“More like Ninety nine percent, man!” exclaims Chris Cellini. We are talking about oysters and I have just ventured that ninety five percent of Kenyans have never tasted them before. “The figure is probably even higher than that,” he says, adding that this is a statistic that he and his business partner Guy Brennan are determined to change.
Since opening for business a couple of years ago, the Indian Ocean Oyster Company (IOOC) has made it its mission to bring Oysters out of their shell, if you can excuse the pun, and into the mouths of Nairobians. Cellini and Brennan are both passionate about their endeavour and are buoyed by the firm belief that over the next year or so, this protein rich mollusk is set to take the city’s foodie scene by storm.
“Oysters are excellent for the environment, a great source of nutrition and are delicious to boot.” The enthusiasm Brennan has for oysters is evidenced by the way his voice rises whenever he mentions them. Also evident is his enthusiasm for the specific wild oysters that are abundant in the mangrove forests at the Kenyan coast. These are the only oysters the IOOC is interested in, because, as they are both keen to underline: different oysters have different flavours. “We like to refer to it as merroir,” states Brennan. “Whereas a vintner speaks of the terroir (the environment in which grapes grow) as adding a certain distinct character to their wines, we say that merroir (Mer being french for sea, Terre being earth) is the character the environment lends to a good oyster.”
The Kenyan merroir– characterised by rich effluent, predictable currents and warm waters- means that the wild Indian Ocean oyster is a particularly unique treat for even the most discerning of connoisseurs. “After you put it in your mouth you have to let the oyster masticate,” enthuses Cellini. “Let the emotion come over you. The aroma…the flavour. Experience them.” There is the same reverence in his voice describing this process that an oenophile would have describing tasting an exceptional wine.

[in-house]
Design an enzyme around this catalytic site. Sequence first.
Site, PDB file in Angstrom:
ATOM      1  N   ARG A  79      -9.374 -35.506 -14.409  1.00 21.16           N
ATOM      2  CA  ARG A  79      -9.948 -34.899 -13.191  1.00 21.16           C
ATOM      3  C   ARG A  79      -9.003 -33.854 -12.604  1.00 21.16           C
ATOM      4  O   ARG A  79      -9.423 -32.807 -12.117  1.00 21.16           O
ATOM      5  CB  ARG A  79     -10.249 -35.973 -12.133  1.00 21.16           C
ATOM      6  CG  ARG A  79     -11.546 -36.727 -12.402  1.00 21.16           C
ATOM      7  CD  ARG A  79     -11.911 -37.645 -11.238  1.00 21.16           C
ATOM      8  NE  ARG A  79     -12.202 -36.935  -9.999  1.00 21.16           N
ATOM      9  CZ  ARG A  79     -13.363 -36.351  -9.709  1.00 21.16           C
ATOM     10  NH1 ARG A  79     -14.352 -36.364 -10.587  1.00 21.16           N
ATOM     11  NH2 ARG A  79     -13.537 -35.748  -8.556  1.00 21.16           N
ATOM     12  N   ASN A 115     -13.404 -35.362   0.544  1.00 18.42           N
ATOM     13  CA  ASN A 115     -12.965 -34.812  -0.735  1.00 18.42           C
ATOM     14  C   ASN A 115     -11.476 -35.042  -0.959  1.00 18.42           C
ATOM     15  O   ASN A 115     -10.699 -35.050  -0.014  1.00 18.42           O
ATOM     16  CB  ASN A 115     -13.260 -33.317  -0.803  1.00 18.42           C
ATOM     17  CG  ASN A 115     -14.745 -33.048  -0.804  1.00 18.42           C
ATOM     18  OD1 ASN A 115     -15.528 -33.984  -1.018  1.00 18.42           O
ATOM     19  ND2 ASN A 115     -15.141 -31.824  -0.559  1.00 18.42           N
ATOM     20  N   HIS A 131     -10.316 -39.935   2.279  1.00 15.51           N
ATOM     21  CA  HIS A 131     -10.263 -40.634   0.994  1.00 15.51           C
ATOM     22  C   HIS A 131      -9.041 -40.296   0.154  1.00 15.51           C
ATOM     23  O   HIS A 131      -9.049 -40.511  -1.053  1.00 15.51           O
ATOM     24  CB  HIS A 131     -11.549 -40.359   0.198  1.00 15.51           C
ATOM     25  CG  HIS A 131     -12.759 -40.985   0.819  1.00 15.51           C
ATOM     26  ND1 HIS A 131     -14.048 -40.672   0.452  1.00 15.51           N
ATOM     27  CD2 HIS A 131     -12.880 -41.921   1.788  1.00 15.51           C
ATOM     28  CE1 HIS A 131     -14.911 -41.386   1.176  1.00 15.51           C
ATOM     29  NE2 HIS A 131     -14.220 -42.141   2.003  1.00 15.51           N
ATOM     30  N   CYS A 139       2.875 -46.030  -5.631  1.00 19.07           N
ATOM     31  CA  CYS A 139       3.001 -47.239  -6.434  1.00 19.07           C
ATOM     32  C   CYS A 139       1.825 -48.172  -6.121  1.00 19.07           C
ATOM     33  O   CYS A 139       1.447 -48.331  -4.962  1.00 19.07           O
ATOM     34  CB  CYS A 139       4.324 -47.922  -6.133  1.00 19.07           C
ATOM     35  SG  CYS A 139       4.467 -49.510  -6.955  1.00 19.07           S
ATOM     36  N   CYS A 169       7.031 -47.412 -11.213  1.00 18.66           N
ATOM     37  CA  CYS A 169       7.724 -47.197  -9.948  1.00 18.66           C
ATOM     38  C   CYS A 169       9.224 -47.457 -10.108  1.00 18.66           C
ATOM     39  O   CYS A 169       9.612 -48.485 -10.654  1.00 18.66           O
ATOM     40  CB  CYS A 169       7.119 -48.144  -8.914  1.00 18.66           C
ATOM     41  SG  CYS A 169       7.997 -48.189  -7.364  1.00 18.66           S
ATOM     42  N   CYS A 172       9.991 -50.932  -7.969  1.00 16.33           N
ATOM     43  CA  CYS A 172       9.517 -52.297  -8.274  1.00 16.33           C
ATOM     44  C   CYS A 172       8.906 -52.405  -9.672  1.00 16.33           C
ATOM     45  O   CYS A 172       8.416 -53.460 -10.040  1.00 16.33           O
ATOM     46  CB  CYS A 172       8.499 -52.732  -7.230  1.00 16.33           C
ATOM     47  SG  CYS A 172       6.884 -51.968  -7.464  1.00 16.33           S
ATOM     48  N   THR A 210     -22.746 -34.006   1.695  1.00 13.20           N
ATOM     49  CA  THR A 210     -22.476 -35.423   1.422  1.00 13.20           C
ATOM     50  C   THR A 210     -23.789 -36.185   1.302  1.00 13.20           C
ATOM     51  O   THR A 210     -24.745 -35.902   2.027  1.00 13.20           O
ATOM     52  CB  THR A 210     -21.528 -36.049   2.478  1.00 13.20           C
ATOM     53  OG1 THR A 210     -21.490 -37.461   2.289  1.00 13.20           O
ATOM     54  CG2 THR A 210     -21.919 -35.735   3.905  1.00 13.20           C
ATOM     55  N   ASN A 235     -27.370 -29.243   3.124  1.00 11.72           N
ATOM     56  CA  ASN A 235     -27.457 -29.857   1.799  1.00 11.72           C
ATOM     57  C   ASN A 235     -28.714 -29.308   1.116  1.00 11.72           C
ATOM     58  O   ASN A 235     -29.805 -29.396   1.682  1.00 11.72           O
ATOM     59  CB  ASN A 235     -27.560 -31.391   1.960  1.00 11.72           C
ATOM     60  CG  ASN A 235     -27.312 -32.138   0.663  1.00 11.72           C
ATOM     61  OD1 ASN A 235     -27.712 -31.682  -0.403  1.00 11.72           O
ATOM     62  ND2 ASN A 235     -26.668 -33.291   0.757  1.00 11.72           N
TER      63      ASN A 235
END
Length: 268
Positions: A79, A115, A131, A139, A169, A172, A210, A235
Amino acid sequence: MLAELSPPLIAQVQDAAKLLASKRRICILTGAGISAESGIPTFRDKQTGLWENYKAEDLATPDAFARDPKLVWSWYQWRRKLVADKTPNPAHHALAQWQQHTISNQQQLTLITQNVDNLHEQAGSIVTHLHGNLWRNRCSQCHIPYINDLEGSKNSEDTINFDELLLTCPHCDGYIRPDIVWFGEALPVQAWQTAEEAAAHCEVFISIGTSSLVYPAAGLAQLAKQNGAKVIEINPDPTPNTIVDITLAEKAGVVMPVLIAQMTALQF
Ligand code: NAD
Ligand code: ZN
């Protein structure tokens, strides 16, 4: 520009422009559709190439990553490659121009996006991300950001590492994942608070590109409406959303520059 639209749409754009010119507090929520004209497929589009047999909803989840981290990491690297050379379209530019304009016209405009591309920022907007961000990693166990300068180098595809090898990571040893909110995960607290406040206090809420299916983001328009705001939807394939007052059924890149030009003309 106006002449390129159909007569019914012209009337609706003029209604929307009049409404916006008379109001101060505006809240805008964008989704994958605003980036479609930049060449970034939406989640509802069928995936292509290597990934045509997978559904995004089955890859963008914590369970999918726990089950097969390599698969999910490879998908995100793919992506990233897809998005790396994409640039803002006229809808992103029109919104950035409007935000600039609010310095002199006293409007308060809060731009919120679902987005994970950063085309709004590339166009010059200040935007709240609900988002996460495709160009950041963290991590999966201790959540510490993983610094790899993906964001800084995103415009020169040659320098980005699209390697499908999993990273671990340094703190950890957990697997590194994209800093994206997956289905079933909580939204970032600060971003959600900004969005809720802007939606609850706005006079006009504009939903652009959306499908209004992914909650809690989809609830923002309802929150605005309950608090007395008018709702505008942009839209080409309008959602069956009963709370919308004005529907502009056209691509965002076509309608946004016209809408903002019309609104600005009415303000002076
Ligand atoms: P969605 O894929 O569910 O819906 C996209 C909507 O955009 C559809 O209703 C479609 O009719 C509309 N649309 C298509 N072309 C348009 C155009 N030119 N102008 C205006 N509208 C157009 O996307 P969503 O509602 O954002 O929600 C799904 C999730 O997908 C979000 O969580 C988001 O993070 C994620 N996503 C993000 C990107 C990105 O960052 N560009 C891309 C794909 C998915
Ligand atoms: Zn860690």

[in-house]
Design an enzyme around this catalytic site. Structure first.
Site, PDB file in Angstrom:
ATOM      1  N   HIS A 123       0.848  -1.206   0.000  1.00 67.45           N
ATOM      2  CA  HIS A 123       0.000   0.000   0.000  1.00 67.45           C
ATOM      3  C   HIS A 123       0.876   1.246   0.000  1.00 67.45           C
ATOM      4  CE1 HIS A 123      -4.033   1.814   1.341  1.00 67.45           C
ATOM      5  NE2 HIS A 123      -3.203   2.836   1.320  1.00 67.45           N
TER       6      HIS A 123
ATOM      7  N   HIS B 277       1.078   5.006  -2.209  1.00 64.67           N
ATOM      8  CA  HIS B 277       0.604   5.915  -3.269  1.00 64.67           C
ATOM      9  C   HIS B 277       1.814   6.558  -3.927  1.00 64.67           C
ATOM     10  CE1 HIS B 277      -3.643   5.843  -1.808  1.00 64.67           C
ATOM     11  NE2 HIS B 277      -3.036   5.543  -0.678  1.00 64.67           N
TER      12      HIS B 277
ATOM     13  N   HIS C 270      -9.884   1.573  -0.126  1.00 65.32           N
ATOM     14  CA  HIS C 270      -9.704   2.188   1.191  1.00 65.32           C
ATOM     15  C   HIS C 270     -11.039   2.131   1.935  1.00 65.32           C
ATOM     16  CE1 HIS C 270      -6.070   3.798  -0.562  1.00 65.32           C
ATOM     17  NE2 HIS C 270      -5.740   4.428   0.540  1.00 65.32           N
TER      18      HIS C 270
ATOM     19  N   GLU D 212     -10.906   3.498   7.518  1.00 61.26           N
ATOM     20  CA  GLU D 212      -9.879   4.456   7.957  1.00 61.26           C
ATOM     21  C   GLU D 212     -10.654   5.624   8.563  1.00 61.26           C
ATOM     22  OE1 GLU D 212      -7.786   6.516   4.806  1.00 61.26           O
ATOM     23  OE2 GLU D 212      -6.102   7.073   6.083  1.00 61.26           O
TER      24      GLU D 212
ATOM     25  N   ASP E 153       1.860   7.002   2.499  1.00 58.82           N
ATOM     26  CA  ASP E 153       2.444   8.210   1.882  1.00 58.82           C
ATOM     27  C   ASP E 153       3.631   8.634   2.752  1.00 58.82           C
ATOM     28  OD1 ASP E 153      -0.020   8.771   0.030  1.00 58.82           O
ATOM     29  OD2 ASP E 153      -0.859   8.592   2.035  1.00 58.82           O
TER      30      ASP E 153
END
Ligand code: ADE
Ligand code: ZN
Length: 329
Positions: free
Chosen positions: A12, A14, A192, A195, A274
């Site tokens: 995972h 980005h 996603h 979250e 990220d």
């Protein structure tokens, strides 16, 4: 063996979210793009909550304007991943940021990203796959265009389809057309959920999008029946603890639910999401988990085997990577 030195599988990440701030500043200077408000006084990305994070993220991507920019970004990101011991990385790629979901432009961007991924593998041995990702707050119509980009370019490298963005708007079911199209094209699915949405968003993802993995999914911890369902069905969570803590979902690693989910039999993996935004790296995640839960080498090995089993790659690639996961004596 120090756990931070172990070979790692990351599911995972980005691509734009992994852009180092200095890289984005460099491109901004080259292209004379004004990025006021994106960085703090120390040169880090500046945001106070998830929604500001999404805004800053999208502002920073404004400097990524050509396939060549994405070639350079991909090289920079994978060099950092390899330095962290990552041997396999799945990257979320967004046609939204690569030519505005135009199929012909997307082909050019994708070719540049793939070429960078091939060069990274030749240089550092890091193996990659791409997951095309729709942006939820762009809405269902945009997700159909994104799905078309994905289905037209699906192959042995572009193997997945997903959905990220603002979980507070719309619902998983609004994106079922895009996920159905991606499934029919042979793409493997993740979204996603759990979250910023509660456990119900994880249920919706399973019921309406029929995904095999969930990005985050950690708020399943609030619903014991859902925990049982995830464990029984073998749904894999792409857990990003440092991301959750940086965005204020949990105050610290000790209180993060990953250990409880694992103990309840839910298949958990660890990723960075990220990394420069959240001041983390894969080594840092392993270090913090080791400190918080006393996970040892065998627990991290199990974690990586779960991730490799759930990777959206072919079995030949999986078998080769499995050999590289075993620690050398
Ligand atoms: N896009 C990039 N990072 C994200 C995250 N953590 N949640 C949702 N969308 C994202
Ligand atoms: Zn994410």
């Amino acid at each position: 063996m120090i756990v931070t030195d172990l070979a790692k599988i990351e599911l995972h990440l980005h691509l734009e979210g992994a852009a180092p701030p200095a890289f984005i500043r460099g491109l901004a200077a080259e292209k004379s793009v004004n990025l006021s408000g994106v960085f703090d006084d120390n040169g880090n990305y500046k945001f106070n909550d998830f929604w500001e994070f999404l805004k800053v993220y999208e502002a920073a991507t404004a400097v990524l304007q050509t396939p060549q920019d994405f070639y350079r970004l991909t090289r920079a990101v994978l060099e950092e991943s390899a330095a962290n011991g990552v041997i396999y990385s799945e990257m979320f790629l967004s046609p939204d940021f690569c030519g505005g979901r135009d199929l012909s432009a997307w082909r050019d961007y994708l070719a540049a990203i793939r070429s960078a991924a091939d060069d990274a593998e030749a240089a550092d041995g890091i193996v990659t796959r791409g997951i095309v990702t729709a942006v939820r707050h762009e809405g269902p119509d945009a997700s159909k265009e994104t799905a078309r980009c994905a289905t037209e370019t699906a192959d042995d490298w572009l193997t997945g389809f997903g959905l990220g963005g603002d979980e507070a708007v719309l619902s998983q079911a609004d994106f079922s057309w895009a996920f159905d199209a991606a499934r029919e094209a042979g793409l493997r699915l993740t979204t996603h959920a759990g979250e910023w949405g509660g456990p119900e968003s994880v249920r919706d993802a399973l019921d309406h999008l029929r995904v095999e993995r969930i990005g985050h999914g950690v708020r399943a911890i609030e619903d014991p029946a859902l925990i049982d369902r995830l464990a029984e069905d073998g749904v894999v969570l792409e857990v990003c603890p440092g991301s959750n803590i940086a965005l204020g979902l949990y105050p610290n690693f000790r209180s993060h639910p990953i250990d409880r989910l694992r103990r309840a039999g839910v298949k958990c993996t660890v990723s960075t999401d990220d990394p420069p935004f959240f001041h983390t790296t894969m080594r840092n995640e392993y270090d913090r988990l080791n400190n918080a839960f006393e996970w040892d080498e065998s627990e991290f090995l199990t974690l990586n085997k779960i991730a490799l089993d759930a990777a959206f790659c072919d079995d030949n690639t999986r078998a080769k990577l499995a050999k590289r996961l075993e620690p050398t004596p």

This almost spiritual way of savouring the dish may be one of the big factors behind the misconception that oysters are a rich man’s delicacy, the preserve of the well off. Not so, according to Cellini. “They were originally known as a poor man’s food. They were everywhere- it was a cheap and easy meal,” he explains. Their reputation as a rich man’s hors d’oeuvre is unfortunate, but remains a common misconception. You can buy a jar full of oysters on the beach in Mombasa for a Ksh 100 but few people are actually aware of this, a fact that might also be related to their perception as haram (forbidden) in the Muslim culture that exists by the coast.
Because they are not very filling and require a lot of work to clean and shuck (removing the edible oyster from the shell), over time they developed into a delicacy that in some parts of the world can see certain choice oysters (like the Kumamoto oyster or the Sydney Rock oyster) fetch up to Ksh 500 each.
“When harvested right and the market is not far from the source as is the case here, there is no reason for oysters to be priced so ridiculously,” Brennan says. “We are currently running a promotion at Sierra Brasserie, where for Ksh 500 you get a beer and two oysters.” Considering that that lovely choma sausage outside most of our favourite after-work spots cost about the same, this should be within reach of the average Kenyan. Presently this is the only cart they are running but hope to add to their roster in due course.
The camaraderie between these two men was forged by a shared love of this seafood. “I grew up in Malindi and every time I visit, I must come back with dozens of oysters,” reports Cellini. “More like hundreds!” exclaims Brennan. They speak to an emotive experience, of a taste that will evoke memories of good times. This is not simply because of the oyster’s reputation as an aphrodisiac (science shows that this claim may have some basis in reality). Their passion for the emotive power of this edible mollusk is making them look at how to spread their enthusiasm for it in new and effective ways, hence the formation of the IOOC.
IOOC’s efforts to change the way people look at and appreciate oysters is bolstered by their approach to serving their catch. Introducing the cart format made popular in France by oyster sellers who sell fresh oysters on pavements outside restaurants and grocery stores will encourage more people to try an oyster. Right from a night on the town to a lazy afternoon indoors, these marine goodies are sure to perk you right up. There is no special way to cook oysters. You could just down one alive with a touch of lemon or settle for a full platter of grilled oysters at your favourite seafood spot. After all, as Brennan aptly puts it,“You can’t really be a food critic until you have tried oysters. It’s more than a taste, it’s an experience.”